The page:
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Hiding and Seeking: Faith and Tolerance After the Holocaust (2004)

7.5
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Ratings: 7.5/10 from 133 users   Metascore: 67/100
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Menachem Daum, the son of holocaust survivors, and a New York Orthodox Jew worries that both of his sons, full time yeshiva students who live with their families in Israel, are becoming ... See full summary »

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Title: Hiding and Seeking: Faith and Tolerance After the Holocaust (2004)

Hiding and Seeking: Faith and Tolerance After the Holocaust (2004) on IMDb 7.5/10

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Cast

Credited cast:
Akiva Daum ...
Himself
Menachem Daum ...
Himself
Rifka Daum ...
Herself
Tzvi Dovid Daum ...
Himself
Honorata Matuszezyk Mucha ...
Herself
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Storyline

Menachem Daum, the son of holocaust survivors, and a New York Orthodox Jew worries that both of his sons, full time yeshiva students who live with their families in Israel, are becoming seduced to intolerance by their religious studies. "All religions today are in danger of being hijacked by extremists." To open their perspectives just a little he sets off with his wife, Rifka, and both sons, Tzvi Dovid and Akiva, to visit the Polish towns where his parents grew up and to try to find the Catholic farmers who hid his father-in-law from the Germans. Enduring the bemused tolerance of his sons, Menachem persists until they find Honorata Matuszezyk Mucha who as a young woman brought food nightly to Rifka's father and his two brothers for 28 months until the end of World War II. The Daum sons perspectives widen a bit to allow for good Gentiles, but they also encounter some resentment from the Poles who heard no word from the three brothers after they left their hiding place, not even a ... Written by Maple-2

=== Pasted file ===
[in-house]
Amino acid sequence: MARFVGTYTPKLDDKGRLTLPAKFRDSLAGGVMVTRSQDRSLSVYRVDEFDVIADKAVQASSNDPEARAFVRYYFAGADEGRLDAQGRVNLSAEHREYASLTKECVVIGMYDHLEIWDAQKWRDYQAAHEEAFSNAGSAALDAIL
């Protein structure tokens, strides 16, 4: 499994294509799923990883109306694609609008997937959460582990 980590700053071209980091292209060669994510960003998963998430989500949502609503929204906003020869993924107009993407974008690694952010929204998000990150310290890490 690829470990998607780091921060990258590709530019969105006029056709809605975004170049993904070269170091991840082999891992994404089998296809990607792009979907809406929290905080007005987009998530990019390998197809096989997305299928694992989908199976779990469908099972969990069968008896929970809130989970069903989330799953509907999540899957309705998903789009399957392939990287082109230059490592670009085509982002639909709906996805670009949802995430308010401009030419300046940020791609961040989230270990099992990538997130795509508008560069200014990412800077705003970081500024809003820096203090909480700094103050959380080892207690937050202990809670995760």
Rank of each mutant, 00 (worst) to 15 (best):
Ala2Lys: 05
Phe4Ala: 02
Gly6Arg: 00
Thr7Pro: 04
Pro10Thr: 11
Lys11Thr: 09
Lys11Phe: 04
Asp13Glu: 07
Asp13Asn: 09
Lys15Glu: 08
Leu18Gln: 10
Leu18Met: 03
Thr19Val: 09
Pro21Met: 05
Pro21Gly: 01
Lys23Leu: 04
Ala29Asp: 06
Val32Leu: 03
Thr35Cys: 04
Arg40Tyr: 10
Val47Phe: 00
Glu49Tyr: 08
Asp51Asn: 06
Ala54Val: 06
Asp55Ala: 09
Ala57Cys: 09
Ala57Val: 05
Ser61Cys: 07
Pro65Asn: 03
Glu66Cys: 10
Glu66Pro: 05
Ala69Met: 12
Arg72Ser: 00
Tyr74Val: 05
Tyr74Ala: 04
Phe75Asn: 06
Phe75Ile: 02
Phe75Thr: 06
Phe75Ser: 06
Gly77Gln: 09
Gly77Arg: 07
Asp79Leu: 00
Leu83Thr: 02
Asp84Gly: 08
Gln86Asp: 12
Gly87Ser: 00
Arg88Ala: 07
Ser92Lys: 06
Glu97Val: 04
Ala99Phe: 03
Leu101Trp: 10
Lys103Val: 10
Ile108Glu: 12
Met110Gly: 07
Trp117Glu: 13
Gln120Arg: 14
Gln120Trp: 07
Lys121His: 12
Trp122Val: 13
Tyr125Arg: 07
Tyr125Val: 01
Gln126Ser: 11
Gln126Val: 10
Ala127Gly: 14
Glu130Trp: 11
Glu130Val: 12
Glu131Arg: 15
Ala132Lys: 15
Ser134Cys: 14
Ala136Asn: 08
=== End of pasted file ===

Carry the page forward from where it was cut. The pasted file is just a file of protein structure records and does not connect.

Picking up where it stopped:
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Genres:

Documentary

Certificate:

Unrated
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Details

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Release Date:

6 February 2004 (USA)  »

Also Known As:

Hiding and Seeking  »

Box Office

Opening Weekend:

$7,070 (USA) (13 February 2004)

Gross:

$51,091 (USA) (11 June 2004)
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Did You Know?

Connections

Featured in The 20th IFP Independent Spirit Awards (2005) See more »

Soundtracks

From This Day On
Written by Shlomo Carlebach
Performed by C. Lanzbom
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User Reviews

 
Immensely touching and filled with wisdom
28 August 2008 | by (Bradenton, Florida) – See all my reviews

I happen to love documentaries and so it isn't surprising I would watch HIDING AND SEEKING. Sadly, as this isn't a super-popular genre, I wonder just how many people will get to see this touching film, as it has so much to offer and is so unique. While I have seen documentaries about Judaism as well as the Holocaust, this one offers some fresh perspectives and an angle that I'd never really considered.